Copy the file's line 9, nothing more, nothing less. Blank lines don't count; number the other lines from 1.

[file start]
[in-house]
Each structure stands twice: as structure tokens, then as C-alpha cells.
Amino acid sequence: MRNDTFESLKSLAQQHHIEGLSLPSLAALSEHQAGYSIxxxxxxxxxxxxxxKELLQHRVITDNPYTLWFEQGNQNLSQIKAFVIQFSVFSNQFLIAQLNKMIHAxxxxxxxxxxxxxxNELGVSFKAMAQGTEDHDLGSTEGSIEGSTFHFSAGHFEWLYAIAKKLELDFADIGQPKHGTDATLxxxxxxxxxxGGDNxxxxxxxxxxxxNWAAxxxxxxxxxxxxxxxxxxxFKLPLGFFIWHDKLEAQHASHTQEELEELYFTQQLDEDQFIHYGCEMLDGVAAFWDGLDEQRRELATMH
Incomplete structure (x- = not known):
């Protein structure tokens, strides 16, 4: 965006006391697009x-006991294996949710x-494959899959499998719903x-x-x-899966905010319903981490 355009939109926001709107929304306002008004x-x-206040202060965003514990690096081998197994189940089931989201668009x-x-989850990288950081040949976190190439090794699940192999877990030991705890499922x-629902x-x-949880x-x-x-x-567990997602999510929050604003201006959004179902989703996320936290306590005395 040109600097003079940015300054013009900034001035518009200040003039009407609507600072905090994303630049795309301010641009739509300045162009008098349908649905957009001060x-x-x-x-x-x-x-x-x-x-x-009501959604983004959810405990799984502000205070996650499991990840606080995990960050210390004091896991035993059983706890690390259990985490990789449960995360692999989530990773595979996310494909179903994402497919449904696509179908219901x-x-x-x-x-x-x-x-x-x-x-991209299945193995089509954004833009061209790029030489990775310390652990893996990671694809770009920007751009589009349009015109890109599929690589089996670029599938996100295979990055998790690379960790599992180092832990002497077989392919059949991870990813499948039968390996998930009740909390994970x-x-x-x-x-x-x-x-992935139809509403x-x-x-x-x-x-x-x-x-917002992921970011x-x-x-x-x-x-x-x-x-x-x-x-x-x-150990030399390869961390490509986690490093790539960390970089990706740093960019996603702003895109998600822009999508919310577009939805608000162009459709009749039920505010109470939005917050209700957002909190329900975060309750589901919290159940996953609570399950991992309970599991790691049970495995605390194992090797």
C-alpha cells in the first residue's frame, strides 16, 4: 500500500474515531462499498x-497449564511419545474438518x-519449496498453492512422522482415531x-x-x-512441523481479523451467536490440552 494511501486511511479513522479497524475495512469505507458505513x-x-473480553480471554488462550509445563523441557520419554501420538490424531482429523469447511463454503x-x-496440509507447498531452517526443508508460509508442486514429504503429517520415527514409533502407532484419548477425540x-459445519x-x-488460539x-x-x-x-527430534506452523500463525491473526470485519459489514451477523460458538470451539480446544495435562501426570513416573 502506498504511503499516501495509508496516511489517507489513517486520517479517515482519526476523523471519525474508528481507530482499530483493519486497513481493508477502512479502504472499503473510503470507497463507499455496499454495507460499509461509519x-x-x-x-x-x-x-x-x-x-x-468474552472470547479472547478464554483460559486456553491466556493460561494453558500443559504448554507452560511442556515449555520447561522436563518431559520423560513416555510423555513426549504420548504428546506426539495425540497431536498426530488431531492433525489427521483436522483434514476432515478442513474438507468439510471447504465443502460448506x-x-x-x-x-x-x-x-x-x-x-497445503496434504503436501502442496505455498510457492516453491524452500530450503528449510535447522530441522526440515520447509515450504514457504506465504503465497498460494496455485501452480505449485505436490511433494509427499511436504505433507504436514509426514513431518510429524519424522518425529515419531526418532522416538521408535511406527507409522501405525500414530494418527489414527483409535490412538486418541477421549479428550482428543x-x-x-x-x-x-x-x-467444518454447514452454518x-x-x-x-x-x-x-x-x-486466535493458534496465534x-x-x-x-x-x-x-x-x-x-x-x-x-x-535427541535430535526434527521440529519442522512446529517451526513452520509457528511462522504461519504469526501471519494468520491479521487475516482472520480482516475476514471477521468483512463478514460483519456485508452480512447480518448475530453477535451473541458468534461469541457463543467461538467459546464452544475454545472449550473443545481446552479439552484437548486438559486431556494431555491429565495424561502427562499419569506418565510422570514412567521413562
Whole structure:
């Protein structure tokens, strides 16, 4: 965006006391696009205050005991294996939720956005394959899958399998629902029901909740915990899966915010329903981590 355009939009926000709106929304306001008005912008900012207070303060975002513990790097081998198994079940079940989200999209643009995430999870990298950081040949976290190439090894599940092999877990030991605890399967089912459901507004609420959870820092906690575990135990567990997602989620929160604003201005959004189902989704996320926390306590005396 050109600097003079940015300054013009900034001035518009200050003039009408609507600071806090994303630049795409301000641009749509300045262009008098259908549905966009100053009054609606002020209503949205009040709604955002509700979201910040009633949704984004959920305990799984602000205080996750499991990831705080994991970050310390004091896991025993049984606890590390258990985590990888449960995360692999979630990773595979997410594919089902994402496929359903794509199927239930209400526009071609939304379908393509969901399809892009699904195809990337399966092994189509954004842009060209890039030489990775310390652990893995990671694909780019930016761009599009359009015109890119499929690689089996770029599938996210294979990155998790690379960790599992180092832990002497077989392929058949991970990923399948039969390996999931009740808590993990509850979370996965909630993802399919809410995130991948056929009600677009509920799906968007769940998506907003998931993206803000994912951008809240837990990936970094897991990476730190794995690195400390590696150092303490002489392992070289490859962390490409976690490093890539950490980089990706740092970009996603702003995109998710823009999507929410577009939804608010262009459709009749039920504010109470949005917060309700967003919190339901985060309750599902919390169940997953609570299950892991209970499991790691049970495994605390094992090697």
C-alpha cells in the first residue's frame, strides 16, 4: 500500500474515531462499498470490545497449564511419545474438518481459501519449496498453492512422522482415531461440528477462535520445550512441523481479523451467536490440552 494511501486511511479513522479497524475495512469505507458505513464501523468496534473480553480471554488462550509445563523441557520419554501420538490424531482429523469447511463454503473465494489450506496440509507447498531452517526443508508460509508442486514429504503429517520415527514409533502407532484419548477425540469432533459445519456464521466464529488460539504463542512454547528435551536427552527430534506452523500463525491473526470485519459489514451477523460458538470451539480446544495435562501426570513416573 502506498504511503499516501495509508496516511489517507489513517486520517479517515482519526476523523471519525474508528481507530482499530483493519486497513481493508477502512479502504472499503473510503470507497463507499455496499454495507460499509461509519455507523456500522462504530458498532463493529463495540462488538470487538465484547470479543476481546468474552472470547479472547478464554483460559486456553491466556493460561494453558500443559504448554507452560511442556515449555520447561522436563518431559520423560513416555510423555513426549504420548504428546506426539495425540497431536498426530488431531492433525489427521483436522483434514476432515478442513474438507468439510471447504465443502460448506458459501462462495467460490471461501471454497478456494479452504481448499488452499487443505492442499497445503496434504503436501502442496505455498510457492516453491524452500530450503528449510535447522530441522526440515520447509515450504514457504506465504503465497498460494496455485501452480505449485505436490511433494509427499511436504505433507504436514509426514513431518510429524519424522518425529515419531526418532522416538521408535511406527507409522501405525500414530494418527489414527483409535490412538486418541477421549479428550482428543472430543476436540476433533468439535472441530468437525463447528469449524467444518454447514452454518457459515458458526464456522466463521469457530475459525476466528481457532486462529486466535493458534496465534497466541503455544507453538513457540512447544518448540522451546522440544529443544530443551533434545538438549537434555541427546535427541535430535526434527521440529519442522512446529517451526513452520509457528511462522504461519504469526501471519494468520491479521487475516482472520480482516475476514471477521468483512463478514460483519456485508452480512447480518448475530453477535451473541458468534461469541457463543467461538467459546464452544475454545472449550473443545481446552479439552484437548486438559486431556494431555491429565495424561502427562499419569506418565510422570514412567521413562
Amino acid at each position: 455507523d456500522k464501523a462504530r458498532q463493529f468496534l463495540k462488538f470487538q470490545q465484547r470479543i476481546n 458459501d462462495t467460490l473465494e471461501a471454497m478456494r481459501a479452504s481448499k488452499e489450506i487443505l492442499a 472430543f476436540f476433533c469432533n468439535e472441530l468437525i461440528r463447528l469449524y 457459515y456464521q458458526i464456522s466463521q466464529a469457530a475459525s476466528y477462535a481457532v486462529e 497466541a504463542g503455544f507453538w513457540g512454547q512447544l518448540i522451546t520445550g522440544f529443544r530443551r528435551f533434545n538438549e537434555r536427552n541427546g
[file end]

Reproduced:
C-alpha cells in the first residue's frame, strides 16, 4: 500500500474515531462499498470490545497449564511419545474438518481459501519449496498453492512422522482415531461440528477462535520445550512441523481479523451467536490440552 494511501486511511479513522479497524475495512469505507458505513464501523468496534473480553480471554488462550509445563523441557520419554501420538490424531482429523469447511463454503473465494489450506496440509507447498531452517526443508508460509508442486514429504503429517520415527514409533502407532484419548477425540469432533459445519456464521466464529488460539504463542512454547528435551536427552527430534506452523500463525491473526470485519459489514451477523460458538470451539480446544495435562501426570513416573 502506498504511503499516501495509508496516511489517507489513517486520517479517515482519526476523523471519525474508528481507530482499530483493519486497513481493508477502512479502504472499503473510503470507497463507499455496499454495507460499509461509519455507523456500522462504530458498532463493529463495540462488538470487538465484547470479543476481546468474552472470547479472547478464554483460559486456553491466556493460561494453558500443559504448554507452560511442556515449555520447561522436563518431559520423560513416555510423555513426549504420548504428546506426539495425540497431536498426530488431531492433525489427521483436522483434514476432515478442513474438507468439510471447504465443502460448506458459501462462495467460490471461501471454497478456494479452504481448499488452499487443505492442499497445503496434504503436501502442496505455498510457492516453491524452500530450503528449510535447522530441522526440515520447509515450504514457504506465504503465497498460494496455485501452480505449485505436490511433494509427499511436504505433507504436514509426514513431518510429524519424522518425529515419531526418532522416538521408535511406527507409522501405525500414530494418527489414527483409535490412538486418541477421549479428550482428543472430543476436540476433533468439535472441530468437525463447528469449524467444518454447514452454518457459515458458526464456522466463521469457530475459525476466528481457532486462529486466535493458534496465534497466541503455544507453538513457540512447544518448540522451546522440544529443544530443551533434545538438549537434555541427546535427541535430535526434527521440529519442522512446529517451526513452520509457528511462522504461519504469526501471519494468520491479521487475516482472520480482516475476514471477521468483512463478514460483519456485508452480512447480518448475530453477535451473541458468534461469541457463543467461538467459546464452544475454545472449550473443545481446552479439552484437548486438559486431556494431555491429565495424561502427562499419569506418565510422570514412567521413562